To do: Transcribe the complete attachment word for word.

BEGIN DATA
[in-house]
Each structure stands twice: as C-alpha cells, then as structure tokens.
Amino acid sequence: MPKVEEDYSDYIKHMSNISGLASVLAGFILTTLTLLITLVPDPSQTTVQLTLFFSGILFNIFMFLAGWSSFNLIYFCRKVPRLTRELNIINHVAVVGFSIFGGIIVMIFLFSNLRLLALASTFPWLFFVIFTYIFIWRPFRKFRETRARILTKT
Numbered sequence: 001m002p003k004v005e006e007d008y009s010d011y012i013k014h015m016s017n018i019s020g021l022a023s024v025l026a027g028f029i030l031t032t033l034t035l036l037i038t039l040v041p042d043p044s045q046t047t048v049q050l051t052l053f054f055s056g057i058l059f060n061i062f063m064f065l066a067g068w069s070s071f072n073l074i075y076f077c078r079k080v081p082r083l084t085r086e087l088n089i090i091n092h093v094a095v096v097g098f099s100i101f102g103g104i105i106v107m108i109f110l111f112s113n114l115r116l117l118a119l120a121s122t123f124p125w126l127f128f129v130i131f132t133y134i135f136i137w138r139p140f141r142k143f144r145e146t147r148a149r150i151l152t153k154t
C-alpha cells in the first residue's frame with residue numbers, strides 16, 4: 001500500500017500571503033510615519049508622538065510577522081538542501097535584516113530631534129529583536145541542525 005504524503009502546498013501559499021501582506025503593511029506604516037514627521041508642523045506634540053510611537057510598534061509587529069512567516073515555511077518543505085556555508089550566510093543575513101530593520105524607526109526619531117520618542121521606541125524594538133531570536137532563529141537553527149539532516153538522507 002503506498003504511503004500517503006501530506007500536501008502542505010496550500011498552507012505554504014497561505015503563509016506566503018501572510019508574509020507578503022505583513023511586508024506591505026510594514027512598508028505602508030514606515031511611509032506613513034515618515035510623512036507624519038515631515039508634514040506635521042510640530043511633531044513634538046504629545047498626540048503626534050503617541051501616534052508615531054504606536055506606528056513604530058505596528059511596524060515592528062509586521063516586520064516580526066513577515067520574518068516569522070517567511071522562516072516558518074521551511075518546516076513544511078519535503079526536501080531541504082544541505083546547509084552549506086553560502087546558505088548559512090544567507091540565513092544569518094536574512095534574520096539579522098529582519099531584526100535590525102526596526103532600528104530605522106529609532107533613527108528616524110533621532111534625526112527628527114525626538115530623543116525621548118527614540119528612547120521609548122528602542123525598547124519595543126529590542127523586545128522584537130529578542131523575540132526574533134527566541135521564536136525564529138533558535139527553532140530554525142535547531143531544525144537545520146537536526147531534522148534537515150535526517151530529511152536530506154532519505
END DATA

[in-house]
Each structure stands twice: as C-alpha cells, then as structure tokens.
Amino acid sequence: MPKVEEDYSDYIKHMSNISGLASVLAGFILTTLTLLITLVPDPSQTTVQLTLFFSGILFNIFMFLAGWSSFNLIYFCRKVPRLTRELNIINHVAVVGFSIFGGIIVMIFLFSNLRLLALASTFPWLFFVIFTYIFIWRPFRKFRETRARILTKT
Numbered sequence: 001m002p003k004v005e006e007d008y009s010d011y012i013k014h015m016s017n018i019s020g021l022a023s024v025l026a027g028f029i030l031t032t033l034t035l036l037i038t039l040v041p042d043p044s045q046t047t048v049q050l051t052l053f054f055s056g057i058l059f060n061i062f063m064f065l066a067g068w069s070s071f072n073l074i075y076f077c078r079k080v081p082r083l084t085r086e087l088n089i090i091n092h093v094a095v096v097g098f099s100i101f102g103g104i105i106v107m108i109f110l111f112s113n114l115r116l117l118a119l120a121s122t123f124p125w126l127f128f129v130i131f132t133y134i135f136i137w138r139p140f141r142k143f144r145e146t147r148a149r150i151l152t153k154t
C-alpha cells in the first residue's frame with residue numbers, strides 16, 4: 001500500500017500571503033510615519049508622538065510577522081538542501097535584516113530631534129529583536145541542525 005504524503009502546498013501559499021501582506025503593511029506604516037514627521041508642523045506634540053510611537057510598534061509587529069512567516073515555511077518543505085556555508089550566510093543575513101530593520105524607526109526619531117520618542121521606541125524594538133531570536137532563529141537553527149539532516153538522507 002503506498003504511503004500517503006501530506007500536501008502542505010496550500011498552507012505554504014497561505015503563509016506566503018501572510019508574509020507578503022505583513023511586508024506591505026510594514027512598508028505602508030514606515031511611509032506613513034515618515035510623512036507624519038515631515039508634514040506635521042510640530043511633531044513634538046504629545047498626540048503626534050503617541051501616534052508615531054504606536055506606528056513604530058505596528059511596524060515592528062509586521063516586520064516580526066513577515067520574518068516569522070517567511071522562516072516558518074521551511075518546516076513544511078519535503079526536501080531541504082544541505083546547509084552549506086553560502087546558505088548559512090544567507091540565513092544569518094536574512095534574520096539579522098529582519099531584526100535590525102526596526103532600528104530605522106529609532107533613527108528616524110533621532111534625526112527628527114525626538115530623543116525621548118527614540119528612547120521609548122528602542123525598547124519595543126529590542127523586545128522584537130529578542131523575540132526574533134527566541135521564536136525564529138533558535139527553532140530554525142535547531143531544525144537545520146537536526147531534522148534537515150535526517151530529511152536530506154532519505